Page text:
Discontented shareholders have grabbed a third seat on the ExxonMobil board of directors in a reflection of widespread unhappiness with the oil giant’s climate change strategy and its financial performance in recent years.
Karsner placed 11th in a race for 12 board seats, about 1.2 percent ahead of two of ExxonMobil’s nominees.
Though the new board members will be in a minority, their presence could alter the tone of the oil giant’s board meetings, where members are traditionally picked by the chief executive. And the three-person faction, which has vast industry experience, could persuade the other board members to reconsider key positions.
“It’s a watershed event when an activist investor takes three seats on the board of such a major company, and with the energy transition front and center in the bid to replace several board members, it seems inevitable that Exxon will be rethinking its climate strategy,” said Jason Bordoff, founding director of the Center on Global Energy Policy at Columbia University. “In this case, some actions to address shareholder concerns with financial performance, like selling off certain assets, may also align with the demands of climate-focused shareholders.”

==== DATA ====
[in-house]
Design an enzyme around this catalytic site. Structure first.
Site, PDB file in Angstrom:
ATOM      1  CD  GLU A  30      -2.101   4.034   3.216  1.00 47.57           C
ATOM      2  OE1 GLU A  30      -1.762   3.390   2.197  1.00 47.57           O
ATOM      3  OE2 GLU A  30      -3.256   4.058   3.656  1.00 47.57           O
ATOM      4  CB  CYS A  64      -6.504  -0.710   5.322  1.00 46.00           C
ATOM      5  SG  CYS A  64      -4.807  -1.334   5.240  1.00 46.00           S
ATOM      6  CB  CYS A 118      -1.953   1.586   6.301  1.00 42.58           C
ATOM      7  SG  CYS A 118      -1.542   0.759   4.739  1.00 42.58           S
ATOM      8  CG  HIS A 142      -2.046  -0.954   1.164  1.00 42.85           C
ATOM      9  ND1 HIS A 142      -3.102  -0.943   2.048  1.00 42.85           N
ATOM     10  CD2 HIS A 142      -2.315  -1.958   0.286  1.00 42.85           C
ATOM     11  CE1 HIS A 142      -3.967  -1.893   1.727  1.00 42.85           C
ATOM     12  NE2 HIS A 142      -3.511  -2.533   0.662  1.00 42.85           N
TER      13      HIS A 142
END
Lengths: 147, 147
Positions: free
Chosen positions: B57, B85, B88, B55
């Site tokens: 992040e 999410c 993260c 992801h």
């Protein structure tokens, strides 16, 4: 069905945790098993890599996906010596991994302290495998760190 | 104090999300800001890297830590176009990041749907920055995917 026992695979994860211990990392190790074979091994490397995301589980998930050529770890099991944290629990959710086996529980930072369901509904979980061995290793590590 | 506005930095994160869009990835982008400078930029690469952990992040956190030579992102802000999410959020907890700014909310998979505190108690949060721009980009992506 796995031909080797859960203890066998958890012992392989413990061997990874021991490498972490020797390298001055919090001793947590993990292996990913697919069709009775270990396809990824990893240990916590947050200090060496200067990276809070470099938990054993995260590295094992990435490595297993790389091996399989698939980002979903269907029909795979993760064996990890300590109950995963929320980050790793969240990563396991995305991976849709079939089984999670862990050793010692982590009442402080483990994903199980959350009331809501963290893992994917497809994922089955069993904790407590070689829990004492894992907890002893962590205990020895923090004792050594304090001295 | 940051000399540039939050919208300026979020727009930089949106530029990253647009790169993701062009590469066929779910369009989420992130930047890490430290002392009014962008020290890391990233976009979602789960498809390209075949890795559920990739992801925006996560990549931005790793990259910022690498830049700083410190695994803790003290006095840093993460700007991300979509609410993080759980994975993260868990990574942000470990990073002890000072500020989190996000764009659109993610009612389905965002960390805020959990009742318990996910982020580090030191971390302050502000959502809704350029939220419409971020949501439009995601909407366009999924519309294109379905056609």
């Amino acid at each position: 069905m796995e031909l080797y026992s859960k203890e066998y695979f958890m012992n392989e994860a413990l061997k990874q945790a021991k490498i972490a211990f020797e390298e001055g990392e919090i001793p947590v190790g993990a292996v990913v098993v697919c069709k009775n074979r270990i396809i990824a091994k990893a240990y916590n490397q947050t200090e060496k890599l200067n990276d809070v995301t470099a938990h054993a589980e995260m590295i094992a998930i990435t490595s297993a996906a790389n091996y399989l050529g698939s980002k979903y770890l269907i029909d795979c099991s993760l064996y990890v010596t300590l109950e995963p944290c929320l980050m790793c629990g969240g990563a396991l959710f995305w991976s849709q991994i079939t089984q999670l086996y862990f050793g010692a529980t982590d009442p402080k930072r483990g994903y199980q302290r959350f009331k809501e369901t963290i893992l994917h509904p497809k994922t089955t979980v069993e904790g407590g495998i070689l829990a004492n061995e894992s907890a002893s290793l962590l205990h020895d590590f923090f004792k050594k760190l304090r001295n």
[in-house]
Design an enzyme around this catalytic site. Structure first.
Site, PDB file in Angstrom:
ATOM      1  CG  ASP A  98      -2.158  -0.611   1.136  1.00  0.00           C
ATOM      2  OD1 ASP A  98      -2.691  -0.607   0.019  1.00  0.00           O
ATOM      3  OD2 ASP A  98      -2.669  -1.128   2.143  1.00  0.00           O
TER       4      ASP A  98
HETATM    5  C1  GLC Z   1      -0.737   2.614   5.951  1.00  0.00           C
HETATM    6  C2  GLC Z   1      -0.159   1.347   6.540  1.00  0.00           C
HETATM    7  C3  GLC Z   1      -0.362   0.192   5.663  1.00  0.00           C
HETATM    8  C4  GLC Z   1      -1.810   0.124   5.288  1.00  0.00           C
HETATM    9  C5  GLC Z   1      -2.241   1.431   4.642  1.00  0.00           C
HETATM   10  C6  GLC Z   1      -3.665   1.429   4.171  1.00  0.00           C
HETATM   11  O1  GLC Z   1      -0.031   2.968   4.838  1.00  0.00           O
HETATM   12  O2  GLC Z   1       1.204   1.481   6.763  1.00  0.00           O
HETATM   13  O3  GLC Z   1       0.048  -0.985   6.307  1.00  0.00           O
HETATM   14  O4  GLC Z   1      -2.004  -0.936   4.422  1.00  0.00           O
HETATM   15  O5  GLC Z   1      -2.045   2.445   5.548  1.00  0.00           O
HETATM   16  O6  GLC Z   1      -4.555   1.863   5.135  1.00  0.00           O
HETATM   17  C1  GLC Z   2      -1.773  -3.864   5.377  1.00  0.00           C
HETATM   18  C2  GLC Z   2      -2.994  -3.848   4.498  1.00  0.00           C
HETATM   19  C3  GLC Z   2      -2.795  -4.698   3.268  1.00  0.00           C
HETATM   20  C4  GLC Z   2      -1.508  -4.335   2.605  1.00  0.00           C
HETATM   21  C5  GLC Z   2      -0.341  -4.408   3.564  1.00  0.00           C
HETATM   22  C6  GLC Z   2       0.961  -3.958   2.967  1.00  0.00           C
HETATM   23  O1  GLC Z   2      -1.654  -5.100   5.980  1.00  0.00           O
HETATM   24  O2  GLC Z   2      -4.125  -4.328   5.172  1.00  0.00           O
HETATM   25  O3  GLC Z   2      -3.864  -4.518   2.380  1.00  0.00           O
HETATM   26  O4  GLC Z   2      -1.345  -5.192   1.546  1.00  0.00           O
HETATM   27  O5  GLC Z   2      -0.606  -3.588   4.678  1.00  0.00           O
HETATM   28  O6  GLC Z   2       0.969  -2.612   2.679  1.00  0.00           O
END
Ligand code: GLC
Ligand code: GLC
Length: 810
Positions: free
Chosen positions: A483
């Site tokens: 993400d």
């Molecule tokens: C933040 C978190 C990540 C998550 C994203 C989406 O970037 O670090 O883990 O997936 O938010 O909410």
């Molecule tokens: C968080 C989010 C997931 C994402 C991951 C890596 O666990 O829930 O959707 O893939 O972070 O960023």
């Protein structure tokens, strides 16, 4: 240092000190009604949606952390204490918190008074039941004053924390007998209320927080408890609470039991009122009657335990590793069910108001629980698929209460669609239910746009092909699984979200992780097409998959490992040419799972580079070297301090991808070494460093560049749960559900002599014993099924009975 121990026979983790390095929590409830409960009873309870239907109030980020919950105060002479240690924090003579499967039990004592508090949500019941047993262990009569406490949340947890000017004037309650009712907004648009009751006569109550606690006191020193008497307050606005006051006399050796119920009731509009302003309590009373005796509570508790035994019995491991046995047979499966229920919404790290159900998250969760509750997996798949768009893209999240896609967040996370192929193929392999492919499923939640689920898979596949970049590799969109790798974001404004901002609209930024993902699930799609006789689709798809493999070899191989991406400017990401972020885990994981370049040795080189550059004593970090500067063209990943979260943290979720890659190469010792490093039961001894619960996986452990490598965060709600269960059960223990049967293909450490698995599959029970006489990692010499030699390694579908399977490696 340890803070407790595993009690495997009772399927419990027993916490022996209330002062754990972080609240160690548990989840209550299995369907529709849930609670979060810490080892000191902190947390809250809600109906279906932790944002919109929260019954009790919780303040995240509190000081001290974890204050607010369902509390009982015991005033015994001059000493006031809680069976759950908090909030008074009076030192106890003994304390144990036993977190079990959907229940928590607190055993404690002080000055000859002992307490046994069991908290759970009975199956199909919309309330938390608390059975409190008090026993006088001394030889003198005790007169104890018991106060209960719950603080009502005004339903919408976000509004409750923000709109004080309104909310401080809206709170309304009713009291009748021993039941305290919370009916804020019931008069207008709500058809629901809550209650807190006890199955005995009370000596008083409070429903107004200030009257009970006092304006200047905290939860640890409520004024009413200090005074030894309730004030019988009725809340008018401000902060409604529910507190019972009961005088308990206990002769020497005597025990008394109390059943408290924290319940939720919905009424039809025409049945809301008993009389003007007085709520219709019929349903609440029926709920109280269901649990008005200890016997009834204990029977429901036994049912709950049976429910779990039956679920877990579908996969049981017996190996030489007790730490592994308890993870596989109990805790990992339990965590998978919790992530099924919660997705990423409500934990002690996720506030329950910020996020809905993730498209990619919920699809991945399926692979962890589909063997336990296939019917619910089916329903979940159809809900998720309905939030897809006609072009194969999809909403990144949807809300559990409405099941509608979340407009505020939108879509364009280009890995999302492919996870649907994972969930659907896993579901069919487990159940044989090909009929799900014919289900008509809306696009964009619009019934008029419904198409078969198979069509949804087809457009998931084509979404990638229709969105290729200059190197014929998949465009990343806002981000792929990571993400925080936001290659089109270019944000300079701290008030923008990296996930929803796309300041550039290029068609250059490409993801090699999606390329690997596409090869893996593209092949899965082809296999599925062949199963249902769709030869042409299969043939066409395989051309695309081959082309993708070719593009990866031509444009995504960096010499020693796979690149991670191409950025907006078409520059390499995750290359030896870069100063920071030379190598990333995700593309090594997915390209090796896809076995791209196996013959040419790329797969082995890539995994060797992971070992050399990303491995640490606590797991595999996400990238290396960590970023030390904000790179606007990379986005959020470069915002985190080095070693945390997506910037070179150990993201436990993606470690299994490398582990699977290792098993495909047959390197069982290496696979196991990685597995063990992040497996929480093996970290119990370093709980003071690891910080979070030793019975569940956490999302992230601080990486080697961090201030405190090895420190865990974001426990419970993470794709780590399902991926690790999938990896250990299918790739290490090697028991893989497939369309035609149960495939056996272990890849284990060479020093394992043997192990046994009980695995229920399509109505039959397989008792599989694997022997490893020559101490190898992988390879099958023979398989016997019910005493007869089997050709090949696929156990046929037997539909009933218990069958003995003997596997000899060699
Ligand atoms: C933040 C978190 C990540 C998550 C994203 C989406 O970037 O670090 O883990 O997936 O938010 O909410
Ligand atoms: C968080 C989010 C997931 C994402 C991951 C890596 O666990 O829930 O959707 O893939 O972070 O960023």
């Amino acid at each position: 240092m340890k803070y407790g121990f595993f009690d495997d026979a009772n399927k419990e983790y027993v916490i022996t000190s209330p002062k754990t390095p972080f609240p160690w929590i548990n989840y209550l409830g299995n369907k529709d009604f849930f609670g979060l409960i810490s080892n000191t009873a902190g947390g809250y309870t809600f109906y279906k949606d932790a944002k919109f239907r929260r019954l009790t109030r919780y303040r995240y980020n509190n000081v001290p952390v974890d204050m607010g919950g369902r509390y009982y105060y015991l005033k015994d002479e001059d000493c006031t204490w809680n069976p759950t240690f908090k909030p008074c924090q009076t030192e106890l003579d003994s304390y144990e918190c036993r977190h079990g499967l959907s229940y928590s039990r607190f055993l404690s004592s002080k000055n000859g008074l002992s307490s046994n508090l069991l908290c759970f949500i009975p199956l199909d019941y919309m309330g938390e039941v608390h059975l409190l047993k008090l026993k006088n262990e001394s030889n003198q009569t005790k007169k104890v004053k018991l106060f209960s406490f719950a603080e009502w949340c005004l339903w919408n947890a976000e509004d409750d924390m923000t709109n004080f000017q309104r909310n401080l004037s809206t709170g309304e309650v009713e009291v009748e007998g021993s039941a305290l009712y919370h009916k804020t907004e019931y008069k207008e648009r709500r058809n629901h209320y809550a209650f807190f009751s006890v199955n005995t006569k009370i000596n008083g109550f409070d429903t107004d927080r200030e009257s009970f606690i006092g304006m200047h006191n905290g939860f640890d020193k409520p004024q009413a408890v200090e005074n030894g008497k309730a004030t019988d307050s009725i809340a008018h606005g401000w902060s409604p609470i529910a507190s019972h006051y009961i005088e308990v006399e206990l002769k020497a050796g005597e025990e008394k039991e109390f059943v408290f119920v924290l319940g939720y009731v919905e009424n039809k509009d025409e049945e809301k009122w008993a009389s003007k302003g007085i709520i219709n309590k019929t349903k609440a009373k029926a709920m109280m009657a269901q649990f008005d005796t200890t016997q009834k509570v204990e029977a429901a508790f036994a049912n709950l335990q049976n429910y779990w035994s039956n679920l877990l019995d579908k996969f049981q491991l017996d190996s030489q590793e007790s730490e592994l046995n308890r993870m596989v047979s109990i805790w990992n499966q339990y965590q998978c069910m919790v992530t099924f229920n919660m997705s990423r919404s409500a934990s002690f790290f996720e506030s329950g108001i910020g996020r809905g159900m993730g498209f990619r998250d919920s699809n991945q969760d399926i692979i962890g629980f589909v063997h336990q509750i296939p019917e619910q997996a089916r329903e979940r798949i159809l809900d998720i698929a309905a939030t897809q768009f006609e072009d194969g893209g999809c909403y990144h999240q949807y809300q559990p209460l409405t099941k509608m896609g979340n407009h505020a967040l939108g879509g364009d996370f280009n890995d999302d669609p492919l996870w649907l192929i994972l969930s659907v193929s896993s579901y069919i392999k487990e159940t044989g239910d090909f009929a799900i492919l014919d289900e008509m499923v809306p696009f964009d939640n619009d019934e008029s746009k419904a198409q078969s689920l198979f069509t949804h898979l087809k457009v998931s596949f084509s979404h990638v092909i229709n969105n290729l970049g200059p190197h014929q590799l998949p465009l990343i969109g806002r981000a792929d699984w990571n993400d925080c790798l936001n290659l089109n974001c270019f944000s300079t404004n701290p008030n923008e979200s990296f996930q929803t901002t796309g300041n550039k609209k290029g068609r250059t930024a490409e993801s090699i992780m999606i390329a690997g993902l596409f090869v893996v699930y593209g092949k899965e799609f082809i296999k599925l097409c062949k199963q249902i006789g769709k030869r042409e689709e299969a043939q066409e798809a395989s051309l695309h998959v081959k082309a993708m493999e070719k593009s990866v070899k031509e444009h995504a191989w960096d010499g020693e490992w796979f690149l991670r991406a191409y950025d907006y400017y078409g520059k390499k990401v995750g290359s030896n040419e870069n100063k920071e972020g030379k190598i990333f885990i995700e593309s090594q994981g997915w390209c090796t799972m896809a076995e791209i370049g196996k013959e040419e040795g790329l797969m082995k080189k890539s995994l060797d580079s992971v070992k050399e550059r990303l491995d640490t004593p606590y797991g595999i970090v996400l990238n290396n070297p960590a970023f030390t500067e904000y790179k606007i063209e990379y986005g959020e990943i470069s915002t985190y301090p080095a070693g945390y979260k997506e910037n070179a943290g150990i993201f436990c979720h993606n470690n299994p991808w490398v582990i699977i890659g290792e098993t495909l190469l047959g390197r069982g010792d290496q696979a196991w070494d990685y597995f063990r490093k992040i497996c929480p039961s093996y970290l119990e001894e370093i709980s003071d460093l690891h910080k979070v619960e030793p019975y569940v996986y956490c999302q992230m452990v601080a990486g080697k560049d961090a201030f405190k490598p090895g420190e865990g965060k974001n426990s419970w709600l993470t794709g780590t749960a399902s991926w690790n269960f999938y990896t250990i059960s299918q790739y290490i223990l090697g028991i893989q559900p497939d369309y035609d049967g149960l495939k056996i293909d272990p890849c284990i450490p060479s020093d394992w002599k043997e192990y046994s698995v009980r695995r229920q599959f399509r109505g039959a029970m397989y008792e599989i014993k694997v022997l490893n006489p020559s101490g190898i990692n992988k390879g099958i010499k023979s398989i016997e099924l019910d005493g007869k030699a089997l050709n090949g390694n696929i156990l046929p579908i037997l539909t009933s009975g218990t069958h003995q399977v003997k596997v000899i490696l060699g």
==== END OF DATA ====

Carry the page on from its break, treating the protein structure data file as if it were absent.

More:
At the May 26 annual meeting, ExxonMobil announced that two of Engine No. 1′s other nominees, Gregory J. Goff, a longtime oil refining executive, and Kaisa Hietala, who ran a biofuels program at a Finnish oil refiner, had won spots on the board. Anders Runevad, a former executive at Vestas Wind Systems, fell short.
The company and the hedge fund spent tens of millions of dollars, according to people familiar with the dispute, who spoke on the condition of anonymity to speak about internal deliberations.
Many analysts have interpreted the results of the shareholder vote as a condemnation of ExxonMobil chief executive Darren Woods. Woods was reelected to the board after placing eighth in the voting, though his margin of victory was wide.
Three of the people ExxonMobil nominated to the board were defeated.
“Shareholders have spoken and the message is clear. It’s time for board accountability,” said Anne Simpson, the managing investment director for board governance and sustainability at the California state pension fund. “We need climate competent directors willing and able to drive the energy transition. The votes at Exxon mark a new era in financial markets, with investors behaving like owners.”